As individuals age, they may face discrimination because of their maturity. Many older people find themselves suffering from unfair employment practices due to stereotypes surrounding older age groups, including inflexibility, incompetence with newer technology, and lower productivity.
However, both federal and Arizona state laws forbid workplace discrimination against those aged 40 and older.
What counts as age discrimination?
Age discrimination comes in many forms. Refusing to hire people, firing them, harassing them, assigning them unfavorable tasks, demoting them to lower positions, and lowering their wages because of their age all fall under this umbrella. Differences in training or benefits, passing over individuals for promotions because they are old, and essentially any other display of disfavor solely based on age also counts as age discrimination.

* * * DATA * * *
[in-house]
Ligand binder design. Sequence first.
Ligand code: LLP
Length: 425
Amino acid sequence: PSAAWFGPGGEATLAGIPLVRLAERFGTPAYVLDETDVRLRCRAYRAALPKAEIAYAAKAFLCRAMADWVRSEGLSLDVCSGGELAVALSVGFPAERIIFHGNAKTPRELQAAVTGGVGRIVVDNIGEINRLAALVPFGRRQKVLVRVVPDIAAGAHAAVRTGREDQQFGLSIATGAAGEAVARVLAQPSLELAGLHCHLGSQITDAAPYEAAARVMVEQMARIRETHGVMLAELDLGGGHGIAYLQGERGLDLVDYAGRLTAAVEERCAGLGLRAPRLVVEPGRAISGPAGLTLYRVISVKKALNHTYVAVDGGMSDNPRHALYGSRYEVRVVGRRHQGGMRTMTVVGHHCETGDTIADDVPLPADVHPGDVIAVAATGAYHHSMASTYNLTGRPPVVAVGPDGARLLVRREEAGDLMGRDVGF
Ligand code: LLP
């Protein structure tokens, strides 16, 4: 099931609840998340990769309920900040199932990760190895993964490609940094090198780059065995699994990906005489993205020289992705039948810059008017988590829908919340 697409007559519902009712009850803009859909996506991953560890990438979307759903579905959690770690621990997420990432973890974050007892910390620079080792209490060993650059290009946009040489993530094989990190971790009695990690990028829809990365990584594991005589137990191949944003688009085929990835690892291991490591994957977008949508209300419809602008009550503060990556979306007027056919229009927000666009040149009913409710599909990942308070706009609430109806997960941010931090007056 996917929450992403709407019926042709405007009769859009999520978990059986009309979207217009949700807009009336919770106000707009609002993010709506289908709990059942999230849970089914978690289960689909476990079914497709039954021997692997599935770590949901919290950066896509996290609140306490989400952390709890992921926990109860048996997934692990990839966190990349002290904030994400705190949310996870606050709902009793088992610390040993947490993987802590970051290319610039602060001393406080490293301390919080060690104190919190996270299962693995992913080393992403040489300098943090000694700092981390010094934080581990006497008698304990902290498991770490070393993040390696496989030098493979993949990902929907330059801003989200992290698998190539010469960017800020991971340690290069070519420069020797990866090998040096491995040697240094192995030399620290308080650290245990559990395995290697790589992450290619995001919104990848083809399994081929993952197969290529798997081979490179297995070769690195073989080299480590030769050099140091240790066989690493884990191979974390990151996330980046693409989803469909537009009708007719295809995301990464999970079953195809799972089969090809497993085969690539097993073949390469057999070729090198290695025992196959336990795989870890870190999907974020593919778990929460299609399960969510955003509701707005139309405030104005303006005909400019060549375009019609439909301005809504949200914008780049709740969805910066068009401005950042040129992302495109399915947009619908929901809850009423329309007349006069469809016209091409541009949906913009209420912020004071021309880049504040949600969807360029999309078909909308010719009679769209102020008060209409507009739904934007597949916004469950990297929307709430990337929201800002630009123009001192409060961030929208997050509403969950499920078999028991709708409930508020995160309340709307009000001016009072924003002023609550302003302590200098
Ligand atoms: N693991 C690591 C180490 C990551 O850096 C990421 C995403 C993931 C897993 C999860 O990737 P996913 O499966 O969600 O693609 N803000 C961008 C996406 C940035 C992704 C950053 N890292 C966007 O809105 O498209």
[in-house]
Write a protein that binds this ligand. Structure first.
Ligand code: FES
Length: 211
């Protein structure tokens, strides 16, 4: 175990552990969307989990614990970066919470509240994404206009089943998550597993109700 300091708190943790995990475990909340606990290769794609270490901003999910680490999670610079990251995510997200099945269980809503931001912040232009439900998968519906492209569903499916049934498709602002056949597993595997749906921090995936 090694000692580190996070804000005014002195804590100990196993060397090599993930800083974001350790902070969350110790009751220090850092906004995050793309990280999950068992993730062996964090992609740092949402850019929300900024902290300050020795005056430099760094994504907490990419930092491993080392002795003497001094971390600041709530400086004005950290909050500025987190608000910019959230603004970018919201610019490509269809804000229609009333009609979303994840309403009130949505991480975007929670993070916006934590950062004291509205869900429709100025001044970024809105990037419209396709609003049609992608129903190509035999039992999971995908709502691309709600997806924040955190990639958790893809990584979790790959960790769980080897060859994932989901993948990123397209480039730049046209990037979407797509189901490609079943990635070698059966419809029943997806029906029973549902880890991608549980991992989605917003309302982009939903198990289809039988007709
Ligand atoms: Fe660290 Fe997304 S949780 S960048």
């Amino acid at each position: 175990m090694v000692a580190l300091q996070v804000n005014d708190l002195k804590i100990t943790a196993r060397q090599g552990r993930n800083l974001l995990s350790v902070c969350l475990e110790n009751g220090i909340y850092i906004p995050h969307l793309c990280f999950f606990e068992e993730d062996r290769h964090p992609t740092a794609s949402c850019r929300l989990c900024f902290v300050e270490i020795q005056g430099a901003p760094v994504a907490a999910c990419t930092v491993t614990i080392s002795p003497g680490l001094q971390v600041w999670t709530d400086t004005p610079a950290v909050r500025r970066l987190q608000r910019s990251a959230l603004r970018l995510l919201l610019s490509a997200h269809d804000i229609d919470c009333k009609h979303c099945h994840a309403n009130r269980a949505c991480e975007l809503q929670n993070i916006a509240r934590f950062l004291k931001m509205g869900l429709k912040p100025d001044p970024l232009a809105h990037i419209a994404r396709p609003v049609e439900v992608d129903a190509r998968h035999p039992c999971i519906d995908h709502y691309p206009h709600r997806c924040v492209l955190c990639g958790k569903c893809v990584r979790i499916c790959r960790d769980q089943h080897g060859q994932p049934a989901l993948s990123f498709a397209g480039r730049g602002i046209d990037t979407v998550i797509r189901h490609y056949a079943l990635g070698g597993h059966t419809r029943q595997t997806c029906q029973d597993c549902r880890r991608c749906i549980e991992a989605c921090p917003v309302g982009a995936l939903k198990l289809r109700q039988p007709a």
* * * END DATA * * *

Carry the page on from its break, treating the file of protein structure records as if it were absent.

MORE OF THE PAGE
How do people prove age discrimination?
An action is not age discrimination unless there is proof that an employer carries it out because of the victim’s age. Documentation of any different treatment (including self-documentation) or rude remarks about age is a key form of evidence. Memos, texts, emails, and instant messages may also serve as proof. Reporting any suspicious incidents to a human resources department creates a record of ill-treatment that may be helpful in court in the case of a lawsuit.
What may people do if they suspect age discrimination?
Victims of age discrimination have more than one option. They may pursue action with their human resources department or supervisor. If this proves ineffective, they may file a complaint with the Arizona Civil Rights Division or the federal Equal Employment Opportunity Commission. They may also file a lawsuit against their employer.
Discrimination is a very real issue that plagues many older people, but there is recourse for those targeted in workplaces because of their age.